Yes, this film will fray your nerves like wool dragged across a barbed wire fence, but it’s also a meditation on loss and trauma. Can widowed mother Amelia finally lay the repressed memory of her husband to rest and save her son Samuel from the malevolent force stalking them in the process? You’ll just have to watch this modern classic to find out.
Based on the novels by James Connelly, Bosch is among Amazon’s most reliable original series. A super-authentic (or at least it feels that way) police procedural set in Los Angeles following the travails of homicide detective Harry Bosch, it’s proof that sometimes sticking to a formula really does work.
Bosch himself sounds like a walking cliché: a grizzled, no-nonsense cop with dark secrets lurking in his past, a love of jazz music and a low tolerance for pen-pushing superiors – but thanks to strong writing and Titus Welliver’s game performance, rooting for him as he navigates political machinations, corrupt colleagues and murderous criminals is never a problem.
Emerging from a shallow (and somewhat premature) grave, trapper Hugh Glass sets out on the long, icy journey towards revenge, evading marauding Native Americans, foraging for sustenance and performing gruesome self-surgery in a series of incredible sequences. Alejandro González Iñárritu’s direction and the flawless camera work help the viewer feel every moment of Glass’ struggle to survive.
Despite uttering a mere handful of lines during the film’s nigh-on three hours of running time, DiCaprio bagged his first Best Actor Oscar for The Revenant. Seeing what he goes through here, you can see why the Academy was so impressed. As a pure physical performance, it’s remarkable – and it’s just one notable aspect of a movie packed with them.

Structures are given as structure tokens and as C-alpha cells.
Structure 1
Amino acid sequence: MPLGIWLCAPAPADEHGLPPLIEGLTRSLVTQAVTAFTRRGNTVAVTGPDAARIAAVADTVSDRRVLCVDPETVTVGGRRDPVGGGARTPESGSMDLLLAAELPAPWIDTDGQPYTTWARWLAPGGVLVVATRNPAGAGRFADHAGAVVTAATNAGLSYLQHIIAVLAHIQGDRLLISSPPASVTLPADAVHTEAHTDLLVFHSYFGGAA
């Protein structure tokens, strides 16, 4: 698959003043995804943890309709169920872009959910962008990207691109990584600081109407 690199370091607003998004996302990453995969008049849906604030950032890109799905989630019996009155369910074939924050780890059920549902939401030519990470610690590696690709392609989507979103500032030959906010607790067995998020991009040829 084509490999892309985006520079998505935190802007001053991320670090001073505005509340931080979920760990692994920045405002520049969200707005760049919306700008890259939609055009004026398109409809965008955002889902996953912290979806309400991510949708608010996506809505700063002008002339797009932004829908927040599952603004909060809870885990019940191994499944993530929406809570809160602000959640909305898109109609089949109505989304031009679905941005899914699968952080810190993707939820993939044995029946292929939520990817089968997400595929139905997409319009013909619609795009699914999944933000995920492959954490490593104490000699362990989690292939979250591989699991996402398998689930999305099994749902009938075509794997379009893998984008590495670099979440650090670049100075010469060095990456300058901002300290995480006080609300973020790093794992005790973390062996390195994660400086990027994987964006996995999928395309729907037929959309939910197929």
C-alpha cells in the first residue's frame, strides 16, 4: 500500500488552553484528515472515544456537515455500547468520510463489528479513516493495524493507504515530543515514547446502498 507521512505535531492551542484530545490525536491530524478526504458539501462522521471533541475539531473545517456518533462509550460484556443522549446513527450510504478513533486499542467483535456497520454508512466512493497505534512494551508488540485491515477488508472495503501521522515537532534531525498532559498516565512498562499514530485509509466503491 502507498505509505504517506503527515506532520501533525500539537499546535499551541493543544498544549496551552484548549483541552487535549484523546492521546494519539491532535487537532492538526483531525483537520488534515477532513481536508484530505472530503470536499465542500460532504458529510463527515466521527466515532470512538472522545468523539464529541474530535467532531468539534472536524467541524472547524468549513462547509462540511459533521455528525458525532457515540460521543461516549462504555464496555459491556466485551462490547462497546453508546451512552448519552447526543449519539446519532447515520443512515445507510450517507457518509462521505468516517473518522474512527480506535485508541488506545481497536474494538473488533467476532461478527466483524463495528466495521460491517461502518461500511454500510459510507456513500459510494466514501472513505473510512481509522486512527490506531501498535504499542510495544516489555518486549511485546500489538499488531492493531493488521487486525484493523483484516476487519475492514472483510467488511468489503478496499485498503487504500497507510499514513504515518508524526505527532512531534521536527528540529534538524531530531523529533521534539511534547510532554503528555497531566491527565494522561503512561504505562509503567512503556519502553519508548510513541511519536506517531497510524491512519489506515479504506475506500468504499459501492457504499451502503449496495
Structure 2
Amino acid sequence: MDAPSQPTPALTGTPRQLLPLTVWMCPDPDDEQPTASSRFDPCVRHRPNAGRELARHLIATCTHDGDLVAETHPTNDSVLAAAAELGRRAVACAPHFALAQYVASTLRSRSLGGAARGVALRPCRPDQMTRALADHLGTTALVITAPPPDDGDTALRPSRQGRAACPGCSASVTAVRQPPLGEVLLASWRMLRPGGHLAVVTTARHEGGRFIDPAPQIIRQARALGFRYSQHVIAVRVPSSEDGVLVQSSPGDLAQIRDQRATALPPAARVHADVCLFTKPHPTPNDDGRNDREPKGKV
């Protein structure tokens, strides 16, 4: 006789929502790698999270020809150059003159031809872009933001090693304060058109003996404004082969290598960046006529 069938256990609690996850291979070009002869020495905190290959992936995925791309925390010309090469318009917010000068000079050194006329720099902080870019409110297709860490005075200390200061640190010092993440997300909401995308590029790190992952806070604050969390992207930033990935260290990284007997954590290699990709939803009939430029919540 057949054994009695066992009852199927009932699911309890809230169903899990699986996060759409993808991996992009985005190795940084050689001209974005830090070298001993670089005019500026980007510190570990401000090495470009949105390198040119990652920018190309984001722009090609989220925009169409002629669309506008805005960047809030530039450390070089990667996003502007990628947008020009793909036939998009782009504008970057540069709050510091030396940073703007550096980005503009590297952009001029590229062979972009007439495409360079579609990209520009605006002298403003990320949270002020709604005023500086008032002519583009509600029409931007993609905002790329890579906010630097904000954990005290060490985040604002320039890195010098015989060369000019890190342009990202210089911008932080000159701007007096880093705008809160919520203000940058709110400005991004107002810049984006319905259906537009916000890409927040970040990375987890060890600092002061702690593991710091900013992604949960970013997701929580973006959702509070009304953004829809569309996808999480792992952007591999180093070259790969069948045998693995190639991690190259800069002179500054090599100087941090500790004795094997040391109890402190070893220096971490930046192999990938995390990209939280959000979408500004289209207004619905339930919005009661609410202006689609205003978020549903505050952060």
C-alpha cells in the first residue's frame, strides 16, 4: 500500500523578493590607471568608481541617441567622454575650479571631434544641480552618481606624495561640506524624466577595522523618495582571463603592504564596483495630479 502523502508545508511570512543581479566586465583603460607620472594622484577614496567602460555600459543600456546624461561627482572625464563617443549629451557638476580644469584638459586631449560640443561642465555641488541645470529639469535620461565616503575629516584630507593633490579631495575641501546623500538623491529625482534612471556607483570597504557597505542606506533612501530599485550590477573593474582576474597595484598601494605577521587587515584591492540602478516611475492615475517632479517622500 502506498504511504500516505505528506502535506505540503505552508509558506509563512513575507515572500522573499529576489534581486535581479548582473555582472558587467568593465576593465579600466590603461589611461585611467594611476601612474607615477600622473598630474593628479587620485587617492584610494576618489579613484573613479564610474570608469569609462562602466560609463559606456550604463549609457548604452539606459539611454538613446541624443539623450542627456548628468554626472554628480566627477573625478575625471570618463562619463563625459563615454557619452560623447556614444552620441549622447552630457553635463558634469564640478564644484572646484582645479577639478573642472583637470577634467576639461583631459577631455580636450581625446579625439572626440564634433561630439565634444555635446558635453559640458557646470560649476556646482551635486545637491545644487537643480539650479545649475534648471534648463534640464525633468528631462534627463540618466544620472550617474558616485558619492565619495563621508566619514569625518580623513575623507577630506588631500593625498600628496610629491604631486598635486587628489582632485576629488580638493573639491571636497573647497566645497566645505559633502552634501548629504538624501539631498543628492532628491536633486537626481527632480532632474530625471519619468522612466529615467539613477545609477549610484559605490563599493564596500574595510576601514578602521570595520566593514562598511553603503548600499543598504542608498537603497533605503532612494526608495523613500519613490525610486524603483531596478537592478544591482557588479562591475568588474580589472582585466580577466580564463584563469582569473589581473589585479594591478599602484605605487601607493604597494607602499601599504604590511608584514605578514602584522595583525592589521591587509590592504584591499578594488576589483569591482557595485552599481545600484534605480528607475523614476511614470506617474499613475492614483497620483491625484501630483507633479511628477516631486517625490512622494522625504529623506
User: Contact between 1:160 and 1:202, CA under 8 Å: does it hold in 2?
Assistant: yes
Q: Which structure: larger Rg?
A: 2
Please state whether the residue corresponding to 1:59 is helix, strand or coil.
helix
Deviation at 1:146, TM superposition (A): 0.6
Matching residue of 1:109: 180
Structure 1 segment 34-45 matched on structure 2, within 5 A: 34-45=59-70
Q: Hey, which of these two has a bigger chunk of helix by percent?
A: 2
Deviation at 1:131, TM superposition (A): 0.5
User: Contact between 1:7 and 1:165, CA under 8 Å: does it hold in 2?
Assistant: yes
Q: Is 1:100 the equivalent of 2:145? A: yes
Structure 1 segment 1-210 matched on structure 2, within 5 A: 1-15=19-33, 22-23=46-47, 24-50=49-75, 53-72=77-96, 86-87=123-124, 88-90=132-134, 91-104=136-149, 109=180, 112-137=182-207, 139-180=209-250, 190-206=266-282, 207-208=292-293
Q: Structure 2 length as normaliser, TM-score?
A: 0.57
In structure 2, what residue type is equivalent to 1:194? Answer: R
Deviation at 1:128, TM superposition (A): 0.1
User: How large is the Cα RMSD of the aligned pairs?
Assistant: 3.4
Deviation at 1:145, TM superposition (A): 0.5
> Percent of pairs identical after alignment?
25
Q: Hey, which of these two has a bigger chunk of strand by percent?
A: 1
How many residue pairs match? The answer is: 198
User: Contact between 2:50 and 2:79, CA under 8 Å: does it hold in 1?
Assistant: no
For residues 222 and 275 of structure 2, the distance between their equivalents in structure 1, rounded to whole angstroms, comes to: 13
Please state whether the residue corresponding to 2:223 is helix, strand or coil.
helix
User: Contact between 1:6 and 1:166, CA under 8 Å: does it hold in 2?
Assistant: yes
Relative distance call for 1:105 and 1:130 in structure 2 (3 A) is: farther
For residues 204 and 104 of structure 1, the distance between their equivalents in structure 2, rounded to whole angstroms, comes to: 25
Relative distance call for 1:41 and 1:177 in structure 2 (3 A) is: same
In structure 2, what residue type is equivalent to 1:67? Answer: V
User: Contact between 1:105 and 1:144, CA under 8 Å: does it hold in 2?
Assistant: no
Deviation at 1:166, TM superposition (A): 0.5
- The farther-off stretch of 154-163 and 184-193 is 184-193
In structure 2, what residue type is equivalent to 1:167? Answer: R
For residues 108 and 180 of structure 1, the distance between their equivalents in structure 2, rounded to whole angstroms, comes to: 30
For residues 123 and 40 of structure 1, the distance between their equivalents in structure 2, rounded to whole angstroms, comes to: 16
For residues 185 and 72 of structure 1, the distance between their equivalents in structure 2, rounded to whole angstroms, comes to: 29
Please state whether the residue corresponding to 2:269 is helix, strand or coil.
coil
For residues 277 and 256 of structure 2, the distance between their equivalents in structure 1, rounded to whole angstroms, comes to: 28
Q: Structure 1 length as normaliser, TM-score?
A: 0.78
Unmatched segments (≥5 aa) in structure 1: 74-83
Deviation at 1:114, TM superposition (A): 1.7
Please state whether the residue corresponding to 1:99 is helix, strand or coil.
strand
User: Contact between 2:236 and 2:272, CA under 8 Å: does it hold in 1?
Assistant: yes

Sound of Metal
Ruben is a noise-metal drummer, endlessly touring tiny venues with his partner Lou in a beaten-up RV, but the couple’s rootless but contented lifestyle comes to a sickening halt when Ruben begins to experience hearing loss. With the realisation that his career as a musician may be over, tempting him back to his old addict’s ways, Ruben checks himself into a rural deaf community – but he remains fiercely driven by a hope of fixing his affliction, getting back on tour and getting back to Lou.
Riz Ahmed is utterly fantastic in the lead role (Oscar-nominated, no less), but everything about Darius Marder’s debut movie works so well: the sound design that puts you in Ruben’s head; the supporting performances of Paul Raci and Olivia Cooke; and the themes of identity, dependence and acceptance that run through it.
Andy Samberg and Cristin Milioti, strangers who happen to be guests at the same wedding, find themselves stuck in a seemingly infinite time loop in this offbeat romantic comedy. If they fall asleep or die, they simple wake up once again and have to live the entire day through. Trapped together, the pair decide to make the most of their predicament, indulging in wilder and wilder behaviour in the knowledge that, whatever might happen, they’ll be back at square one eventually. Everything, it seems, has become meaningless.
If might sound like something you’ve seen before (“Groundhog Day!” we hear you scream), Palm Springs manages to feel different by dint of focussing on a pair of people rather than just one. The relationship and tensions between the two keep the film nicely involving – and it’s very funny to boot.